In an apparent first for South African trade mark law, the Western Cape High Court has considered whether the remedy of damages or a reasonable royalty for trade mark infringement requires the claimant to prove fault in the form of negligence or intention. The judgement can be found here.
I won’t bore you with the complete factual matrix which is far too complicated for a post-long-weekend Monday morning. Suffice it to say Terespolsky, of Col'Cacchio fame, owned the trade mark MORITURI in respect of pizzerias and opened a pizzeria in Claremont in the 90s called “Morituri by Col’Cacchio”. He sold that business with the terms permitting the purchaser to use the name Morituri only in respect of the Claremont premises. Terespolsky seems to have a habit of naming his restaurants irreverently - Col’Cacchio apparently means “up yours” and Morituri “those about to die”. The fare served at these establishments is however anything but irreverent – my unshakeable belief is that Morituri in Claremont serves the best pizza in Cape Town (which pretty much makes it the best pizza in the country).
The defendants, unaware of the terms of the sale, purchased the Claremont business and proceeded to open Morituri branches in Stellenbosch and Lakeside, prompting trade mark infringement proceedings by Terespolsky. The defendants admitted the infringement and consented to interdictory relief, but opposed payment of a reasonable royalty (one of the remedies afforded to trade mark owners in the Act). Terespolsky argued that once infringement has been established, a right to damages/reasonable royalty followed as a matter of course, i.e strict liability without fault. The defendants in turn argued that because section 34(3) of the Act states that the court “may” grant such relief, as opposed to “shall”, the court has a discretion whether to order payment of damages/reasonable royalty.
Although the court wasn't called upon to address the question of whether damages require fault, the court gave support to the view expressed in Webster & Page that ordinary delictual principles should apply and that fault is required, given the rule of interpretation that a statute does not alter the common law beyond its clear terms. Notably, the court found that damages flowing from use occurring between publication and registration of a mark do not require fault but are discretionary, given that our common law would not recognise a claim in respect of that period.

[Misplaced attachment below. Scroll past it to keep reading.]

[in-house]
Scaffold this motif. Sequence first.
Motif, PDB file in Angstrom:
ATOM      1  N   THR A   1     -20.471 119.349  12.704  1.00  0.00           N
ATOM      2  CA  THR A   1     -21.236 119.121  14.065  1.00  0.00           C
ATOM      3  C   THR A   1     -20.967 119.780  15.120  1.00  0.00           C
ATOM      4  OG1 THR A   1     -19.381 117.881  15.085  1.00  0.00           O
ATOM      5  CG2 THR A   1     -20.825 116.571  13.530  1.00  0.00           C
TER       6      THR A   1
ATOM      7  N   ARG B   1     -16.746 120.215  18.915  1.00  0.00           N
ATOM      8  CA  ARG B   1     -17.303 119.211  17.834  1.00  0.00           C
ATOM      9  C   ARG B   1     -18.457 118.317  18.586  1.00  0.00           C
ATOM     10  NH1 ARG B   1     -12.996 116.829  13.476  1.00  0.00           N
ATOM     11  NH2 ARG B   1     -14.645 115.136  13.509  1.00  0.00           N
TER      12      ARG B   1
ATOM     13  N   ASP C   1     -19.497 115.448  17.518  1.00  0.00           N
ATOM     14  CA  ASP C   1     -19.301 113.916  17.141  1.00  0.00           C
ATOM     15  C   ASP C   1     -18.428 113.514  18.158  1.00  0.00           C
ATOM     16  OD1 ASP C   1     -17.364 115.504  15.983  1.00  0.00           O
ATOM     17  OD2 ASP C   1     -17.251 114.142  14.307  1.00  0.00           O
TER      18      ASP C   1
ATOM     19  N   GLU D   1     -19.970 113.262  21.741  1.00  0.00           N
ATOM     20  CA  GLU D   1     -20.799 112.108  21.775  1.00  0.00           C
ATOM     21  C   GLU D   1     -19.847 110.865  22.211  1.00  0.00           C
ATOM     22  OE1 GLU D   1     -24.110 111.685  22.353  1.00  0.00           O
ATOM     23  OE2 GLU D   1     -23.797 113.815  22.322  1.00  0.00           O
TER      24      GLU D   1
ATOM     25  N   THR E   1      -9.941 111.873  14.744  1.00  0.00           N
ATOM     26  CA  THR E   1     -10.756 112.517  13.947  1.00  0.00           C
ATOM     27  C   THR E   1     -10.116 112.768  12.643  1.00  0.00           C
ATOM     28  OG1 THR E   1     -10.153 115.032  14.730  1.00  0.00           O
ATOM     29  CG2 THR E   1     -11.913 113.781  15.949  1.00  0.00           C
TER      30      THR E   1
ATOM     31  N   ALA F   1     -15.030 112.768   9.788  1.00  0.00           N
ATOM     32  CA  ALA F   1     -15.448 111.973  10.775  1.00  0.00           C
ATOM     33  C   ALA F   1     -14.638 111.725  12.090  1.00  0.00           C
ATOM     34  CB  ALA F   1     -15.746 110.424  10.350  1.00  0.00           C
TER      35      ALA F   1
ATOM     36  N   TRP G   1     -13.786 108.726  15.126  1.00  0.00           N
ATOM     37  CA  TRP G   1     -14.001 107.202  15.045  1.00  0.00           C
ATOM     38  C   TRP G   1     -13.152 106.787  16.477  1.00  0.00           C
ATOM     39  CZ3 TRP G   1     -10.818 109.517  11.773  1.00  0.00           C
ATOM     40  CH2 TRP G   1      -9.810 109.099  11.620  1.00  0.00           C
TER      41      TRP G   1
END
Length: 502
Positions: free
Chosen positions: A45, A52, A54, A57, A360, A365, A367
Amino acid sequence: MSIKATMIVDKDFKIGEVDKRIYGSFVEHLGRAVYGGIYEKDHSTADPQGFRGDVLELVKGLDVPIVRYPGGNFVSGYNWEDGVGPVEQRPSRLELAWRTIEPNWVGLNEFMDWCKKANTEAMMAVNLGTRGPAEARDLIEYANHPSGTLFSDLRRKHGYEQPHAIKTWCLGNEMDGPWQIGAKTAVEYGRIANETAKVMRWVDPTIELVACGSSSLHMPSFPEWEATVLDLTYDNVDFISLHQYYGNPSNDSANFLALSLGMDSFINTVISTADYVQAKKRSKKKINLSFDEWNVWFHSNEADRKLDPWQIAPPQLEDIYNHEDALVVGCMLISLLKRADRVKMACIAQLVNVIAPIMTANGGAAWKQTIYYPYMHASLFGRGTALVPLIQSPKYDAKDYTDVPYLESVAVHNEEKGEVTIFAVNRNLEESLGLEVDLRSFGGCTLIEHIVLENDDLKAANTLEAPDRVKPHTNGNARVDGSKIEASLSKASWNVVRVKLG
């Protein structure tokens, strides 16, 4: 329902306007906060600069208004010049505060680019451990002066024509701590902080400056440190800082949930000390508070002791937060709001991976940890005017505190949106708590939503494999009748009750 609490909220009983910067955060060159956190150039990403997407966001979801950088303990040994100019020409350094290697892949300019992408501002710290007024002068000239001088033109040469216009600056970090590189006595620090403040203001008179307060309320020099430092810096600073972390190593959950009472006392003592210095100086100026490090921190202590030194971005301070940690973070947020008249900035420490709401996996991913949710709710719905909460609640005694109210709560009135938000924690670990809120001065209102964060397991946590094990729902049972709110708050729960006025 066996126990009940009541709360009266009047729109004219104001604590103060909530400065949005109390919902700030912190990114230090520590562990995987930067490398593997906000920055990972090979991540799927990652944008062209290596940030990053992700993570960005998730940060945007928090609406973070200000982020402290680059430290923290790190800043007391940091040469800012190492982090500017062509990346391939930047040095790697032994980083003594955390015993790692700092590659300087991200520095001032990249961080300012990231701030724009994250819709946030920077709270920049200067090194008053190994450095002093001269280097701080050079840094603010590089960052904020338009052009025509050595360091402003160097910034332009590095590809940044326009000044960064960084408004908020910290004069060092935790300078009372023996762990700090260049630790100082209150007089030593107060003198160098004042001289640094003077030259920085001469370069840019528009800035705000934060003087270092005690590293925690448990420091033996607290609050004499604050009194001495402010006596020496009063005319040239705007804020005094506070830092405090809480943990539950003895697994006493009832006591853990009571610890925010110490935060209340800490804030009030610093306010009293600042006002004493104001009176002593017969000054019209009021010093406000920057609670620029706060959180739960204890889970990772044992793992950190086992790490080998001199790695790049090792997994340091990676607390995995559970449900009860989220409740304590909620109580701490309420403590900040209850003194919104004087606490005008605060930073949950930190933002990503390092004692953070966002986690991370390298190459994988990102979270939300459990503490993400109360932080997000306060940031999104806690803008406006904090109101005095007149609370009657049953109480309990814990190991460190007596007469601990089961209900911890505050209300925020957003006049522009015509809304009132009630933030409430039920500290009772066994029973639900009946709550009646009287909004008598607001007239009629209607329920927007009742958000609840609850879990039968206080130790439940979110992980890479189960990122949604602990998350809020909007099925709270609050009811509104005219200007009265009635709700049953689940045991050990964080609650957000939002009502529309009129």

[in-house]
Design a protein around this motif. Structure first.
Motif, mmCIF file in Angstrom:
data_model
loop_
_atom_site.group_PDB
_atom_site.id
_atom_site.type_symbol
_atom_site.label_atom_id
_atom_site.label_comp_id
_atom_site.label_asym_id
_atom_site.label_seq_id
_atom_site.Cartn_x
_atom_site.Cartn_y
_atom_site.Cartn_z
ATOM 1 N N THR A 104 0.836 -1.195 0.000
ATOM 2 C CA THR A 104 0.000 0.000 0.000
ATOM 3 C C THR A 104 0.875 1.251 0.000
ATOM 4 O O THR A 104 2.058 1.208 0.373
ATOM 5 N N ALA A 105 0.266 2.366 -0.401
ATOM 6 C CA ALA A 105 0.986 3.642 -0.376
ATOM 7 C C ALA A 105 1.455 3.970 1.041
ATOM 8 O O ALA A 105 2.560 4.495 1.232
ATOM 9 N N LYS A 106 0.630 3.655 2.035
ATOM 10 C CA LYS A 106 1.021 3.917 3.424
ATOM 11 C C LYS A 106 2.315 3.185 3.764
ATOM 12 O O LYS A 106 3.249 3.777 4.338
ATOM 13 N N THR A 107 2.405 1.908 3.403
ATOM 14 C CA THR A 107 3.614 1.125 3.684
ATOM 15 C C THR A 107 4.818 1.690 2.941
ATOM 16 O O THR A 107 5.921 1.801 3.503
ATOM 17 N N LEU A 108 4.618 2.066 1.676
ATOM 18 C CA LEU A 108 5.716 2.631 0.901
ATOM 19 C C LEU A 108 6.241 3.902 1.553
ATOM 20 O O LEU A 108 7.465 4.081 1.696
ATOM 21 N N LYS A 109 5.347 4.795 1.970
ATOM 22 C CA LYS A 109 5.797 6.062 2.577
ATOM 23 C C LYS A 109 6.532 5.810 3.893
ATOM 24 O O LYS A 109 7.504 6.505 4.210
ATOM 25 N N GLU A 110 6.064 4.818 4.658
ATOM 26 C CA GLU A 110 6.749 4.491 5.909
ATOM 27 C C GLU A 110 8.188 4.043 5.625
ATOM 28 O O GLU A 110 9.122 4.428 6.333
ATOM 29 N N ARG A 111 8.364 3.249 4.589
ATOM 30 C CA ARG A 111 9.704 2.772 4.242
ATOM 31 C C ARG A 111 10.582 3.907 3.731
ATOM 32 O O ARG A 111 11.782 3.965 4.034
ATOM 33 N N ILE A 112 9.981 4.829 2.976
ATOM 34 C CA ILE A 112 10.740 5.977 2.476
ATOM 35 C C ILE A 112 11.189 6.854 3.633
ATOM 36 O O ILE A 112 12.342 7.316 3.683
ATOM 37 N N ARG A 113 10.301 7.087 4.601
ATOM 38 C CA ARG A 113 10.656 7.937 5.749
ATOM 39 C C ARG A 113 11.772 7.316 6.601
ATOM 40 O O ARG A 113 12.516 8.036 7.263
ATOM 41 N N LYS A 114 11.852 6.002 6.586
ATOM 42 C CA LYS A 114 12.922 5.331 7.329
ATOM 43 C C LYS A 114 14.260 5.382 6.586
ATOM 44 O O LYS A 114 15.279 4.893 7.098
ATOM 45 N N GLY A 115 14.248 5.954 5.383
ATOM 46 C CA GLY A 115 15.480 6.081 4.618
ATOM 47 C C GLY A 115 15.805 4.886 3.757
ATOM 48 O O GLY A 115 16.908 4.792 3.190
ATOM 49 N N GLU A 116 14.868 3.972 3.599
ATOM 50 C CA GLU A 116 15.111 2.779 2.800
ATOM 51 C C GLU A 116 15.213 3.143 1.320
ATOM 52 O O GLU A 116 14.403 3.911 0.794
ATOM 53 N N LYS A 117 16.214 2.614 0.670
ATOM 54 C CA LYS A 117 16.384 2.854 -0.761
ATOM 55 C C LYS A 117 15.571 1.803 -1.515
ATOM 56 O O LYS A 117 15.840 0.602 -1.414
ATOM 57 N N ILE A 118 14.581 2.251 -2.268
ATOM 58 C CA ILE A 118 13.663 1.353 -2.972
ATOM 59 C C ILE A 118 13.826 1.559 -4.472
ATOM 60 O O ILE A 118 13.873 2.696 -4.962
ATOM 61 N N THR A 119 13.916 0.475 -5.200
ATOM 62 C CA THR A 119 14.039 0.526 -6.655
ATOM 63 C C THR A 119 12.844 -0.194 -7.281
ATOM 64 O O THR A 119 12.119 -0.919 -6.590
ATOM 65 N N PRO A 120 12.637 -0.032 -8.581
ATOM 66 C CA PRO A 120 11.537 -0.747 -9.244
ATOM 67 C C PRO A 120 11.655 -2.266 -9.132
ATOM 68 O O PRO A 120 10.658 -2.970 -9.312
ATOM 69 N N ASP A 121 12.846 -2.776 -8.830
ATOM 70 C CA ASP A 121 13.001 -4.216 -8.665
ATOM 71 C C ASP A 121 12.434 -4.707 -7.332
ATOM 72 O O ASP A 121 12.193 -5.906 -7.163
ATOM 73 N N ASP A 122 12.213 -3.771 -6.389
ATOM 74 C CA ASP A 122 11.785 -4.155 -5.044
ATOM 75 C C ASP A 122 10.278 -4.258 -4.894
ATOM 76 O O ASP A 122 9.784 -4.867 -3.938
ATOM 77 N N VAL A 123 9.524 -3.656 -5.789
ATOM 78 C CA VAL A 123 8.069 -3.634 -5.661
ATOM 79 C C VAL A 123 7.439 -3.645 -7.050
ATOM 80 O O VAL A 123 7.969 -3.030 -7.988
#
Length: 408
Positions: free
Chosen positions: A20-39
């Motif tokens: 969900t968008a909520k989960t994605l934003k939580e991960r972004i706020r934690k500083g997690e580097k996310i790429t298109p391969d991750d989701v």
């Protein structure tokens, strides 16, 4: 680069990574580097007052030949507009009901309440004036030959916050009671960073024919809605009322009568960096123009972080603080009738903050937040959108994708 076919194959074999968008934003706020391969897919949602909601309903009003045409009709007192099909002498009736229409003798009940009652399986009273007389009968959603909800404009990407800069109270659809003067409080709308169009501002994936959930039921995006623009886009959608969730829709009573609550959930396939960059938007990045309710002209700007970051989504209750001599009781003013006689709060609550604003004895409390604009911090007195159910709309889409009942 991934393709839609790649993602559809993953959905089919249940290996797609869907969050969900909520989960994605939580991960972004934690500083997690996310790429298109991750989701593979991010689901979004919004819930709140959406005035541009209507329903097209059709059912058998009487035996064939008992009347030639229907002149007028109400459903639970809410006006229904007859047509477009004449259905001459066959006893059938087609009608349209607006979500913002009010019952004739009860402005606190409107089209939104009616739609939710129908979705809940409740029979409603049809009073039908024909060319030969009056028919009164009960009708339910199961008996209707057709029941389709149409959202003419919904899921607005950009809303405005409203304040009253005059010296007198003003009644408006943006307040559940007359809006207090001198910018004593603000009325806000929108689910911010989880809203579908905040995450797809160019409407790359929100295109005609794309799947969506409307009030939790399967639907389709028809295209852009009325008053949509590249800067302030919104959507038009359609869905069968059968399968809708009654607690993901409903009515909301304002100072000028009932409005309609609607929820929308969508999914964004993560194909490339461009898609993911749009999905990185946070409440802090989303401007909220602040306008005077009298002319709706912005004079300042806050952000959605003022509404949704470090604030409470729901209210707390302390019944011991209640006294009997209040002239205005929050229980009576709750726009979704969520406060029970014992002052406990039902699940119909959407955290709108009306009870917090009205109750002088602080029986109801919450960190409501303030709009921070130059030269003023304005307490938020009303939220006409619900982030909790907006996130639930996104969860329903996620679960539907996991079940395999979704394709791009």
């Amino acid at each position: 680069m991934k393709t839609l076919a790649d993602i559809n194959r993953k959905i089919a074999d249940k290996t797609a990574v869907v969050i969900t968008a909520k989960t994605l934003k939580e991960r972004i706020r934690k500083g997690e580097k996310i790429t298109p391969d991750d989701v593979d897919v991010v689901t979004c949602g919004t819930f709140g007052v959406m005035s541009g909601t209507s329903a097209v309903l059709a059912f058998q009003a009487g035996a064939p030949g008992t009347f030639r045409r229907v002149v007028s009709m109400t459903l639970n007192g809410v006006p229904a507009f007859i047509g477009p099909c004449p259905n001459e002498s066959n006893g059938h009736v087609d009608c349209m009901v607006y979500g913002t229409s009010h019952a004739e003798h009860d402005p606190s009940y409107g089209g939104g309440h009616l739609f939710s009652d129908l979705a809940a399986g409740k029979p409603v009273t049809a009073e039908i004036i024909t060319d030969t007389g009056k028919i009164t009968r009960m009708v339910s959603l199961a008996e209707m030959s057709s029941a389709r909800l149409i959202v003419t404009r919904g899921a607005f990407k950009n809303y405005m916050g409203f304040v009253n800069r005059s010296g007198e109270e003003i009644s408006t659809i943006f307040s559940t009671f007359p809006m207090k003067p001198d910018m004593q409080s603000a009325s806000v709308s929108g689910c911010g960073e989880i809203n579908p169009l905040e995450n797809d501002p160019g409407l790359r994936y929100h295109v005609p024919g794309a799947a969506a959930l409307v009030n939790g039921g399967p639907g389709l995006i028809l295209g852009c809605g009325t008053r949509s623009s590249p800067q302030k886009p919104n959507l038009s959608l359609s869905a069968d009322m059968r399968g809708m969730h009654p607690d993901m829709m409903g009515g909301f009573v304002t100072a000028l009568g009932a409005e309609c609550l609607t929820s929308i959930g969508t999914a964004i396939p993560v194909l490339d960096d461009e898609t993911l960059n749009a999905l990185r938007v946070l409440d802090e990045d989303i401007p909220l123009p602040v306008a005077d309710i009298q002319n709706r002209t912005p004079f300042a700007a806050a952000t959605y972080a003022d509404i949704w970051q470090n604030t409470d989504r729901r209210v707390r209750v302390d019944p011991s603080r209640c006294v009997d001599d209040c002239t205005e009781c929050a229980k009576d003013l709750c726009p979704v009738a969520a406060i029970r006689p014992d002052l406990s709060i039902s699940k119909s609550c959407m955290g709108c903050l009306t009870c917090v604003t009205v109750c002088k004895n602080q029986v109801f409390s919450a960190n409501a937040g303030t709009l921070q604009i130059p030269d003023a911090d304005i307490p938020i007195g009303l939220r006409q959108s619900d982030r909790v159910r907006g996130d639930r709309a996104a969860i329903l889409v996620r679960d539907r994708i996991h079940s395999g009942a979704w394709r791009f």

The court was, however, called upon to consider whether a reasonable royalty requires fault. The court found that because a claim for a reasonable royalty does not exist at common law, ordinary delictual principles do not apply and the word “may” in the Act should be given its ordinary meaning. In other words, the remedy of a reasonable royalty does not require fault and the court has a discretion to decide whether it is just and equitable to grant the remedy. The court declined to order the remedy in respect of the Lakeside pizzeria on the basis of triviality, but did order an enquiry to quantify the royalty in respect of the Stellenbosch business.
There does appear to be a contrary view on this, from none other than the authors of Webster & Page (at para 12.56). Given that payment of a reasonable royalty is stated to be “in lieu of" damages in the Act, the authors hold that the same principles applicable to payment of damages (i.e. fault based liability) should be applicable to payment of a reasonable royalty.
Given the already significant difficulties faced by claimants in proving damages, the court's comments (albeit obiter) that fault needs to be shown could make claiming damages less attractive. Whether the court's finding that an equitable discretion applies to a reasonable royalty claim will make that remedy more or less attractive will probably depend on the facts. One thing is clear though, it does introduce an element of uncertainty given the nature of discretion.